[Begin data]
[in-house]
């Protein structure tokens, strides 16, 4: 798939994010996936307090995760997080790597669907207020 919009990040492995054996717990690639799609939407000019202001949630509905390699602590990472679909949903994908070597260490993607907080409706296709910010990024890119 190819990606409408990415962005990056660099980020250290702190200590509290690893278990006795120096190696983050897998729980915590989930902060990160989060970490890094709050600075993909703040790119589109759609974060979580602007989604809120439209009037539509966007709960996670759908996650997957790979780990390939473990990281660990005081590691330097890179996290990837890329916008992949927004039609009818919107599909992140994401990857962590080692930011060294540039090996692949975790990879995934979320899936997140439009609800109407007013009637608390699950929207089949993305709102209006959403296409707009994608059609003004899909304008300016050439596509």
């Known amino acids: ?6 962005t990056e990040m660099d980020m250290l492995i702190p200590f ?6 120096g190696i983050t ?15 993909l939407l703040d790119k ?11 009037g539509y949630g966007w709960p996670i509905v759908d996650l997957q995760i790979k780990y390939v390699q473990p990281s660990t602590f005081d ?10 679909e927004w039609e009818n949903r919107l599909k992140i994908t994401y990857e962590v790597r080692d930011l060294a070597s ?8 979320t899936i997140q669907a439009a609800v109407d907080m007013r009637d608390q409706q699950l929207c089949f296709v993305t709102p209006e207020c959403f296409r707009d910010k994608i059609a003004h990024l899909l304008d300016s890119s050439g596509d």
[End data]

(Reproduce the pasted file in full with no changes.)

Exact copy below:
[in-house]
């Protein structure tokens, strides 16, 4: 798939994010996936307090995760997080790597669907207020 919009990040492995054996717990690639799609939407000019202001949630509905390699602590990472679909949903994908070597260490993607907080409706296709910010990024890119 190819990606409408990415962005990056660099980020250290702190200590509290690893278990006795120096190696983050897998729980915590989930902060990160989060970490890094709050600075993909703040790119589109759609974060979580602007989604809120439209009037539509966007709960996670759908996650997957790979780990390939473990990281660990005081590691330097890179996290990837890329916008992949927004039609009818919107599909992140994401990857962590080692930011060294540039090996692949975790990879995934979320899936997140439009609800109407007013009637608390699950929207089949993305709102209006959403296409707009994608059609003004899909304008300016050439596509």
């Known amino acids: ?6 962005t990056e990040m660099d980020m250290l492995i702190p200590f ?6 120096g190696i983050t ?15 993909l939407l703040d790119k ?11 009037g539509y949630g966007w709960p996670i509905v759908d996650l997957q995760i790979k780990y390939v390699q473990p990281s660990t602590f005081d ?10 679909e927004w039609e009818n949903r919107l599909k992140i994908t994401y990857e962590v790597r080692d930011l060294a070597s ?8 979320t899936i997140q669907a439009a609800v109407d907080m007013r009637d608390q409706q699950l929207c089949f296709v993305t709102p209006e207020c959403f296409r707009d910010k994608i059609a003004h990024l899909l304008d300016s890119s050439g596509d």